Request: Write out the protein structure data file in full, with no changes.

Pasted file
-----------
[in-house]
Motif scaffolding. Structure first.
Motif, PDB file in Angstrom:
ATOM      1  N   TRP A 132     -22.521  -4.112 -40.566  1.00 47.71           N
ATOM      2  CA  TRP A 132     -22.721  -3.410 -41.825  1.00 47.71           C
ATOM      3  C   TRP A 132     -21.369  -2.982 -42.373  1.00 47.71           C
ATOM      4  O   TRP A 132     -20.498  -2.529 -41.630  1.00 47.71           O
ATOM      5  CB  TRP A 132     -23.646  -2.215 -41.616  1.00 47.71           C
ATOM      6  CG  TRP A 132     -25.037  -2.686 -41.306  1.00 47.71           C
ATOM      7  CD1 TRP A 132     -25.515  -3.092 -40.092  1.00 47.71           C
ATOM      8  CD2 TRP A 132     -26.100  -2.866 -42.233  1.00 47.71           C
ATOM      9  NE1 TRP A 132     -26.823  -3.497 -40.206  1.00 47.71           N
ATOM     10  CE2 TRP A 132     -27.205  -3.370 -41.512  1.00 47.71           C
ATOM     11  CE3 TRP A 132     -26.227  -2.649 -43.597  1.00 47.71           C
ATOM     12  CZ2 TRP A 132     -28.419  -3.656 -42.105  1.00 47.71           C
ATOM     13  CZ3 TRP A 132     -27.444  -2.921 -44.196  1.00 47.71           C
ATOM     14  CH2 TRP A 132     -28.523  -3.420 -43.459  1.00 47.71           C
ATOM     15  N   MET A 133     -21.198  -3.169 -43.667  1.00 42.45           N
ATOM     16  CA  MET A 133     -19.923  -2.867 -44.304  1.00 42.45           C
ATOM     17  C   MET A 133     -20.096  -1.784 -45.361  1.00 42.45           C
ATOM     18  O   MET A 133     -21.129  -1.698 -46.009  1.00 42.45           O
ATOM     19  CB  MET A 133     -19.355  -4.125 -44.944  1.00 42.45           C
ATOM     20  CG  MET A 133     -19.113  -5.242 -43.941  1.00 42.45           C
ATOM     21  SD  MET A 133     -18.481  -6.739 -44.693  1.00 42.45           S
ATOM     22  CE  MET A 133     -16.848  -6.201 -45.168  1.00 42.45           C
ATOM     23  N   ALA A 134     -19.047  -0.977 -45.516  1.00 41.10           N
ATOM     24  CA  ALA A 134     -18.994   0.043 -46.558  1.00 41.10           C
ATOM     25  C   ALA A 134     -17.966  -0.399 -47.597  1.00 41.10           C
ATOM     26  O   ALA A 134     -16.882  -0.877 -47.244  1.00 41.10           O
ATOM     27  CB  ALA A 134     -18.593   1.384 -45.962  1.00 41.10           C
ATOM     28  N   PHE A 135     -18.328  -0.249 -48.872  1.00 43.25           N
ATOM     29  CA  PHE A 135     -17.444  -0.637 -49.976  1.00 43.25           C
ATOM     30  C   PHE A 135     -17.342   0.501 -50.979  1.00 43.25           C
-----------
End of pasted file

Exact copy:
[in-house]
Motif scaffolding. Structure first.
Motif, PDB file in Angstrom:
ATOM      1  N   TRP A 132     -22.521  -4.112 -40.566  1.00 47.71           N
ATOM      2  CA  TRP A 132     -22.721  -3.410 -41.825  1.00 47.71           C
ATOM      3  C   TRP A 132     -21.369  -2.982 -42.373  1.00 47.71           C
ATOM      4  O   TRP A 132     -20.498  -2.529 -41.630  1.00 47.71           O
ATOM      5  CB  TRP A 132     -23.646  -2.215 -41.616  1.00 47.71           C
ATOM      6  CG  TRP A 132     -25.037  -2.686 -41.306  1.00 47.71           C
ATOM      7  CD1 TRP A 132     -25.515  -3.092 -40.092  1.00 47.71           C
ATOM      8  CD2 TRP A 132     -26.100  -2.866 -42.233  1.00 47.71           C
ATOM      9  NE1 TRP A 132     -26.823  -3.497 -40.206  1.00 47.71           N
ATOM     10  CE2 TRP A 132     -27.205  -3.370 -41.512  1.00 47.71           C
ATOM     11  CE3 TRP A 132     -26.227  -2.649 -43.597  1.00 47.71           C
ATOM     12  CZ2 TRP A 132     -28.419  -3.656 -42.105  1.00 47.71           C
ATOM     13  CZ3 TRP A 132     -27.444  -2.921 -44.196  1.00 47.71           C
ATOM     14  CH2 TRP A 132     -28.523  -3.420 -43.459  1.00 47.71           C
ATOM     15  N   MET A 133     -21.198  -3.169 -43.667  1.00 42.45           N
ATOM     16  CA  MET A 133     -19.923  -2.867 -44.304  1.00 42.45           C
ATOM     17  C   MET A 133     -20.096  -1.784 -45.361  1.00 42.45           C
ATOM     18  O   MET A 133     -21.129  -1.698 -46.009  1.00 42.45           O
ATOM     19  CB  MET A 133     -19.355  -4.125 -44.944  1.00 42.45           C
ATOM     20  CG  MET A 133     -19.113  -5.242 -43.941  1.00 42.45           C
ATOM     21  SD  MET A 133     -18.481  -6.739 -44.693  1.00 42.45           S
ATOM     22  CE  MET A 133     -16.848  -6.201 -45.168  1.00 42.45           C
ATOM     23  N   ALA A 134     -19.047  -0.977 -45.516  1.00 41.10           N
ATOM     24  CA  ALA A 134     -18.994   0.043 -46.558  1.00 41.10           C
ATOM     25  C   ALA A 134     -17.966  -0.399 -47.597  1.00 41.10           C
ATOM     26  O   ALA A 134     -16.882  -0.877 -47.244  1.00 41.10           O
ATOM     27  CB  ALA A 134     -18.593   1.384 -45.962  1.00 41.10           C
ATOM     28  N   PHE A 135     -18.328  -0.249 -48.872  1.00 43.25           N
ATOM     29  CA  PHE A 135     -17.444  -0.637 -49.976  1.00 43.25           C
ATOM     30  C   PHE A 135     -17.342   0.501 -50.979  1.00 43.25           C